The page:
World Health Organization Director-General Tedros Adhanom Ghebreyesus was shocked by the visa ban. Photo: AFP

The explosive outbreak of a novel coronavirus (2019-nCoV) in China’s Hubei province is advancing at a breakneck pace. With the death toll from the virus passing 1,000, the head of the World Health Organization (WHO) gathered top scientists in Geneva on Tuesday to try to answer a raft of questions about the new disease. The meeting, involving top medical, scientific and public health experts, aimed at speeding up the global response to the outbreak.

They’ll be trying to answer a number of questions on how the virus spreads and why some people are more vulnerable than others. However, the 23 million people of Taiwan will be without a voice in those talks.

This is an anxious, fraught, and potentially humiliating moment for the island, as Taiwan lies just about 160 kilometers east of China. Relevant agencies have been directed to remain on high alert as Taiwan needs to prepare for the worst. The island now has more than 150 suspected cases under quarantine and the epidemic monitoring agency has confirmed the 18th pneumonia case due to the virus, also the first without symptoms.

Since the deadly new coronavirus began spreading from its epicenter of Wuhan, China, in January, the Taiwanese government has been scrambling to react. The threat posed by Taiwan’s much larger neighbor is now compounded by an unseen enemy arriving with the flow of travelers in a tightly connected cross-Strait economy. Thus obstructing Taiwan’s participation at the WHO has not only put Taiwanese lives at risk but also undermined the health and security of other citizens and nationals of the Asian-Pacific region.

Recalling Taiwan’s contributions in managing the SARS (severe acute respiratory syndrome) outbreak in 2003, I would like to remind the global community of Taiwan’s knowledge and experience in managing coronavirus pandemics. Taiwan is more than capable of using its expertise to support WHO member states in achieving health-related UN Sustainable Development Goals and can undoubtedly contribute to the management of the latest coronavirus outbreak.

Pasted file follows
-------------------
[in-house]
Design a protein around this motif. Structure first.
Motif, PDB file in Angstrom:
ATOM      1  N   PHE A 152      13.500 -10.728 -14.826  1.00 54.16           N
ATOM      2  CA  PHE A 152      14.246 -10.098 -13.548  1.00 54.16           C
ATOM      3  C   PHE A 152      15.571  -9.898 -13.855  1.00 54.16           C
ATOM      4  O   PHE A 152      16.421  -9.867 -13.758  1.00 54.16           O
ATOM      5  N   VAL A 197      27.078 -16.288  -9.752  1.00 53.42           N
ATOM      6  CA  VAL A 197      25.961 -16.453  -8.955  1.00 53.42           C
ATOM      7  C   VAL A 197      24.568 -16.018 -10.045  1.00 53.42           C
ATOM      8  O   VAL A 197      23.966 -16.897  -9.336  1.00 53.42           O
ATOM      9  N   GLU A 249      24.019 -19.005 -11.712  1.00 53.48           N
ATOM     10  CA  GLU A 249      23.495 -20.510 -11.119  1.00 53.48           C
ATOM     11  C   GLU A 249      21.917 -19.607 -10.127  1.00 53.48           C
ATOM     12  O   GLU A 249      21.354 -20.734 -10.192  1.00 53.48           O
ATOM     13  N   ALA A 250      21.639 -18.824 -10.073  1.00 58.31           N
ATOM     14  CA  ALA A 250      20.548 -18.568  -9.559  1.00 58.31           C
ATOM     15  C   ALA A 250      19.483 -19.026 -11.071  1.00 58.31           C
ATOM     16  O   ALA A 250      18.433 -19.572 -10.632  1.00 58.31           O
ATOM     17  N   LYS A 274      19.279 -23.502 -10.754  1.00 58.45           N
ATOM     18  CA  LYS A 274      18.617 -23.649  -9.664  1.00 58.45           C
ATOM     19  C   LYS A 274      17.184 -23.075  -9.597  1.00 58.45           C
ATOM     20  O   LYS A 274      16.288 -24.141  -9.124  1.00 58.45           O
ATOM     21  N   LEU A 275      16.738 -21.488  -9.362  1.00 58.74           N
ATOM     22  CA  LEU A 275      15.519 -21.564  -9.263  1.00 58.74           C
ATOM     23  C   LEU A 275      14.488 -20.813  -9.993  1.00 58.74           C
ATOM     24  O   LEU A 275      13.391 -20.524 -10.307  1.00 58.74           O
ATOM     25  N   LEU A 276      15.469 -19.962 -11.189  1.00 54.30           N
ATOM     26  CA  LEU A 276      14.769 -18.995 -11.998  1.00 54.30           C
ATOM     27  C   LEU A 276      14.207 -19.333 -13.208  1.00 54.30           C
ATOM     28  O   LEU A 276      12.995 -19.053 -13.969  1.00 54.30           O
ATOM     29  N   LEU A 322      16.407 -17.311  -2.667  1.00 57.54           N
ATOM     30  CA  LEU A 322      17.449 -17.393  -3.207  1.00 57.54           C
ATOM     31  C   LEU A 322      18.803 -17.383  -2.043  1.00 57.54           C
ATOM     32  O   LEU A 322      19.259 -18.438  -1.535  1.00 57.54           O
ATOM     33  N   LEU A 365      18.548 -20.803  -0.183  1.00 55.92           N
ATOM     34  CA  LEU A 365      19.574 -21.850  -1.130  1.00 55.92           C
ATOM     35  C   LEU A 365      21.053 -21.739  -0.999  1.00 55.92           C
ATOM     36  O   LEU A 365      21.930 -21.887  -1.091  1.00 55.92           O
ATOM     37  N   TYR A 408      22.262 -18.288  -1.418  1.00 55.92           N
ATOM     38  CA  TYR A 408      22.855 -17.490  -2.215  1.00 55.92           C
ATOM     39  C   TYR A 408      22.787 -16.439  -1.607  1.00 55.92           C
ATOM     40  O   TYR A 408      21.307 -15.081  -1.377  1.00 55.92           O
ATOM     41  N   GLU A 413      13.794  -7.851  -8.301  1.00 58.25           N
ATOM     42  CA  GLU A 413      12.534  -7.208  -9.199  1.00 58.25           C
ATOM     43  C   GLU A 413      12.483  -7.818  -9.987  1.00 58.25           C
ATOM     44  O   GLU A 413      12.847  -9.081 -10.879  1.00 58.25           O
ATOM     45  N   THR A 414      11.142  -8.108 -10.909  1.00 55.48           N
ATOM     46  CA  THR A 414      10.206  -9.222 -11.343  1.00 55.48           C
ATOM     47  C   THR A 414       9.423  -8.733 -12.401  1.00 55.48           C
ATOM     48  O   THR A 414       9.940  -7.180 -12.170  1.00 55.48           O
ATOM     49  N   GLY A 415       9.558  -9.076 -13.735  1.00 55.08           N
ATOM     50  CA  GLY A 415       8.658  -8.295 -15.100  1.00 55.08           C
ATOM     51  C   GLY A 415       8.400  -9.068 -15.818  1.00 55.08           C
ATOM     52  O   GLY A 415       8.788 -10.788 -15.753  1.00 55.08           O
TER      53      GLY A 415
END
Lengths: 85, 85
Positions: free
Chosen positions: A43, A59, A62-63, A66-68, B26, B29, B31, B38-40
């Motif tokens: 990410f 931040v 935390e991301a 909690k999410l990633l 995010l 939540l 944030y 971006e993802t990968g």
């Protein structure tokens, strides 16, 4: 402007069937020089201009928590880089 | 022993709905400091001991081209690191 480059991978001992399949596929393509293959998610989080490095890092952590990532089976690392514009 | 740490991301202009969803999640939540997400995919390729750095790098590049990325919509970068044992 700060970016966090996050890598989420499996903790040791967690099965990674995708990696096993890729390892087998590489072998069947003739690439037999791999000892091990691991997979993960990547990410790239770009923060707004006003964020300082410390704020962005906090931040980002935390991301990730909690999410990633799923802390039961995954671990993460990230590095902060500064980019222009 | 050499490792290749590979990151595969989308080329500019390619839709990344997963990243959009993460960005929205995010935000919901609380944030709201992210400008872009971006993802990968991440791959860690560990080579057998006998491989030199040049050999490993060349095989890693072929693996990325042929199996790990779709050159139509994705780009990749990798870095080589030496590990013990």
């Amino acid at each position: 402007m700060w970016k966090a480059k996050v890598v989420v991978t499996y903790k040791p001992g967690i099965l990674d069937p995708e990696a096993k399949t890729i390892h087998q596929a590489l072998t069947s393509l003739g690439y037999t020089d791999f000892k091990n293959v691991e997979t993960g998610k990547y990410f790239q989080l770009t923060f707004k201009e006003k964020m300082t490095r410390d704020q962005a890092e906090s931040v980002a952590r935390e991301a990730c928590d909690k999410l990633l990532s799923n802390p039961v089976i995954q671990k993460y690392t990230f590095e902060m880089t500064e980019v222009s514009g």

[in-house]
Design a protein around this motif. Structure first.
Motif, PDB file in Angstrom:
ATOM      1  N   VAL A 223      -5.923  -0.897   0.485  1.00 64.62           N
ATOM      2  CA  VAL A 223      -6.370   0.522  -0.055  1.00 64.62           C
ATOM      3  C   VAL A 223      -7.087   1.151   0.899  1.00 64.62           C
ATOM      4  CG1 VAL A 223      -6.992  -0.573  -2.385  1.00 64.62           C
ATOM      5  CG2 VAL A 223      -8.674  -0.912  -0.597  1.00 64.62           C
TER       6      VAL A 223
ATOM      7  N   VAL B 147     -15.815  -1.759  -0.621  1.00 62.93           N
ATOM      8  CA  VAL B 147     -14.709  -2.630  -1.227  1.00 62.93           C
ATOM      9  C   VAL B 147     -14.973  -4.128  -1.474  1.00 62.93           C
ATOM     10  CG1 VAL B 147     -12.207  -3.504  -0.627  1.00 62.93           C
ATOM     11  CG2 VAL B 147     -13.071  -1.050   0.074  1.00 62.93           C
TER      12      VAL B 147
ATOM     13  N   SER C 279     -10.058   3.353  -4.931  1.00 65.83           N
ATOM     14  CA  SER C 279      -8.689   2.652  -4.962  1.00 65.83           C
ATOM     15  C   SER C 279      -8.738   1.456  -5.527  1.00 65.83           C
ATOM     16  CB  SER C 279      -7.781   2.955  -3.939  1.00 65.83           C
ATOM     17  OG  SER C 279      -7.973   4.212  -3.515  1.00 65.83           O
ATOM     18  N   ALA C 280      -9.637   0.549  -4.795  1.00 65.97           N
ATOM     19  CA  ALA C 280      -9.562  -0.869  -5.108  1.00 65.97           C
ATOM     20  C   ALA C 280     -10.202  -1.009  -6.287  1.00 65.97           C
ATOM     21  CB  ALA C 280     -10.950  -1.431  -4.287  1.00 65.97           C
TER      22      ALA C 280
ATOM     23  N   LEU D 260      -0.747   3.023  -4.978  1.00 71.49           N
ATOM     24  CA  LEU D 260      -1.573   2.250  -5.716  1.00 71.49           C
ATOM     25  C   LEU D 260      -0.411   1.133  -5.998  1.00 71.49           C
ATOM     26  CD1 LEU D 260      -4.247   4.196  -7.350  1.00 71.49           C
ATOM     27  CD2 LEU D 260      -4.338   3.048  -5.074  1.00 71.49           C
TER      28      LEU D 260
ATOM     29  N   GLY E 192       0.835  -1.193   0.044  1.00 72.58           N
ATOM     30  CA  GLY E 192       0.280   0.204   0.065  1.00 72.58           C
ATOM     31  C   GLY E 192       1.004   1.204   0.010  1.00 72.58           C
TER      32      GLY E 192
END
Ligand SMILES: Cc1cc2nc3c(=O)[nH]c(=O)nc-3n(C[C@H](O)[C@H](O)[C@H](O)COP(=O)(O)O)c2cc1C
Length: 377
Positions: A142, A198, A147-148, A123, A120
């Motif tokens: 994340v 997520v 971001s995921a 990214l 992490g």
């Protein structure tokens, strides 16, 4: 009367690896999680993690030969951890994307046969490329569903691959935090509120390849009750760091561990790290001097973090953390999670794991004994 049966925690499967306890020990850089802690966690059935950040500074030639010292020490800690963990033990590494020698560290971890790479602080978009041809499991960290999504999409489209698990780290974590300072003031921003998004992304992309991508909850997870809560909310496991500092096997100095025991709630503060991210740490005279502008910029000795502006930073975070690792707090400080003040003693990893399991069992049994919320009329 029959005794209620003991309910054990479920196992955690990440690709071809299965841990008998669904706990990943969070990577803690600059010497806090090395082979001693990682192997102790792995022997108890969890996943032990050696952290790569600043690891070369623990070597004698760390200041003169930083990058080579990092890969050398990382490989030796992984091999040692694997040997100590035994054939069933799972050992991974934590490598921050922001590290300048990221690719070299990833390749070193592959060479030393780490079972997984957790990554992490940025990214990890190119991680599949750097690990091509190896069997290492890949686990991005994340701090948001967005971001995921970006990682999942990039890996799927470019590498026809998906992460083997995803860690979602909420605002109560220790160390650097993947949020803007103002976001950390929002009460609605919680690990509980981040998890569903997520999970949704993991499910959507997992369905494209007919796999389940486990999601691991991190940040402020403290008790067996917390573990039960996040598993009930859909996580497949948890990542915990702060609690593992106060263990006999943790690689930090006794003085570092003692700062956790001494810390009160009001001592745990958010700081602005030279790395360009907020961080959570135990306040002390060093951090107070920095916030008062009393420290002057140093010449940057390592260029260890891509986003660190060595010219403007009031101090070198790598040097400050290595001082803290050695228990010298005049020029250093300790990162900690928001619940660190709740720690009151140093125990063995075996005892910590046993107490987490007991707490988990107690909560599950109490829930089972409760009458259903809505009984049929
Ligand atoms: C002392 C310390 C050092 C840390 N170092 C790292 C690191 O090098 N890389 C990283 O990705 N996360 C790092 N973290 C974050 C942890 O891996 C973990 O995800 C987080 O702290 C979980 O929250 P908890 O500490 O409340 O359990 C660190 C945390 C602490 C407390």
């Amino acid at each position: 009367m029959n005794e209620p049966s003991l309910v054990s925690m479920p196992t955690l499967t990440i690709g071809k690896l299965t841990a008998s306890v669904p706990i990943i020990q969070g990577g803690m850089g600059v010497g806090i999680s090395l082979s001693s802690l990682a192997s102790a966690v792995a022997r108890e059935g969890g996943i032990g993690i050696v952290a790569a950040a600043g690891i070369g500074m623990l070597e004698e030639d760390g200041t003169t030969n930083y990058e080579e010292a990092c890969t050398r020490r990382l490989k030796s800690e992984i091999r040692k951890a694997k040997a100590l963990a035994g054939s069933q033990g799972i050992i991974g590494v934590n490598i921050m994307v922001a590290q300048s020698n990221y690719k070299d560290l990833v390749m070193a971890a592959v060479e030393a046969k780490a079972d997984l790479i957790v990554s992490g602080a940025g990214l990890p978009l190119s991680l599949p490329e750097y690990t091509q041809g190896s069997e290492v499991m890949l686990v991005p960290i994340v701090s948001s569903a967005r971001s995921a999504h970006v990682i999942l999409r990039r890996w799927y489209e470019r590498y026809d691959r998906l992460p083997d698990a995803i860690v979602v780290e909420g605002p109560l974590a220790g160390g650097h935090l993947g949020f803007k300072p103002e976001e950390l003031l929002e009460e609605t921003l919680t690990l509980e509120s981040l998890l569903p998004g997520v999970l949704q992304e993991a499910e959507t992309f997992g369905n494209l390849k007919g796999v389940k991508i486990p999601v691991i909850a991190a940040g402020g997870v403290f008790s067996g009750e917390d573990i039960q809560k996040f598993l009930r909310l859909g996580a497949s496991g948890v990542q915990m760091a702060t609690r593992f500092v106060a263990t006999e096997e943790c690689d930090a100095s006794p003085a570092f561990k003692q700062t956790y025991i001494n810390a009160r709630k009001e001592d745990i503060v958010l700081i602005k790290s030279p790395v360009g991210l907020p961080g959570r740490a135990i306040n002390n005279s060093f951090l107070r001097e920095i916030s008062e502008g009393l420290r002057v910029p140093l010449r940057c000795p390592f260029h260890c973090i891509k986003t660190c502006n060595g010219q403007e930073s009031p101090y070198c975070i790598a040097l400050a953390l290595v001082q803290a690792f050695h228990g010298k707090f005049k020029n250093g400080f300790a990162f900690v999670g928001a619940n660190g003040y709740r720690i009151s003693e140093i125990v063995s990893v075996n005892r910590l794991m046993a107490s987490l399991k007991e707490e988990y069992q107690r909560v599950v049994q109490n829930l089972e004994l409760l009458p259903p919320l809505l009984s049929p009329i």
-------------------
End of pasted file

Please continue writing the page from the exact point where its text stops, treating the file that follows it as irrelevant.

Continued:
Taiwan is densely populated with a significant amount of international passenger traffic. Given the complexity behind the emergence and transmission of 2019-nCoV, we must halt the spread of the disease at its source. Hence it is important that we work with our global partners and do more to support China. As a responsible global citizen, Taiwan is ready and willing to participate in international and humanitarian aid efforts for affected countries.

What’s more, Taiwan is facing a public health crisis while being shut out of the WHO. China considers Taiwan a renegade province and blocks it from joining the WHO, the United Nations and other international organizations. Consequently, Taiwan’s ability to share information with these bodies is limited, and it is lumped in with China in WHO health advisories. One repercussion: Italy and the Philippines have banned flights to and from Taiwan, leaving many Taiwanese tourists stranded.

In the area of public health, it is in everyone’s interest for Taiwan to play a role in addressing global health issues. Combating disease concerns all humans and Taiwan should not be excluded from such efforts.

If the mottos of the WHO are “health for all” and “leaving no one behind,” well, the Taiwanese people are certainly not treated that way. Therefore, the WHO ought to recognize the simple fact that Taiwan is Taiwan and not part of the People’s Republic of China.

Building a healthier future for people all over the world is an issue that knows no borders. It requires not only national, but global solutions. If the WHO excludes Taiwan from participation, what message does it send to the rest of the world?

Kent Wang

Kent Wang is a research fellow at the Institute for Taiwan-America Studies (ITAS), a conservative Washington-based think-tank focusing on aspects of US-Taiwan relations, and is broadly interested in the United States-Taiwan-China trilateral equation, as well as in East Asian security architecture.

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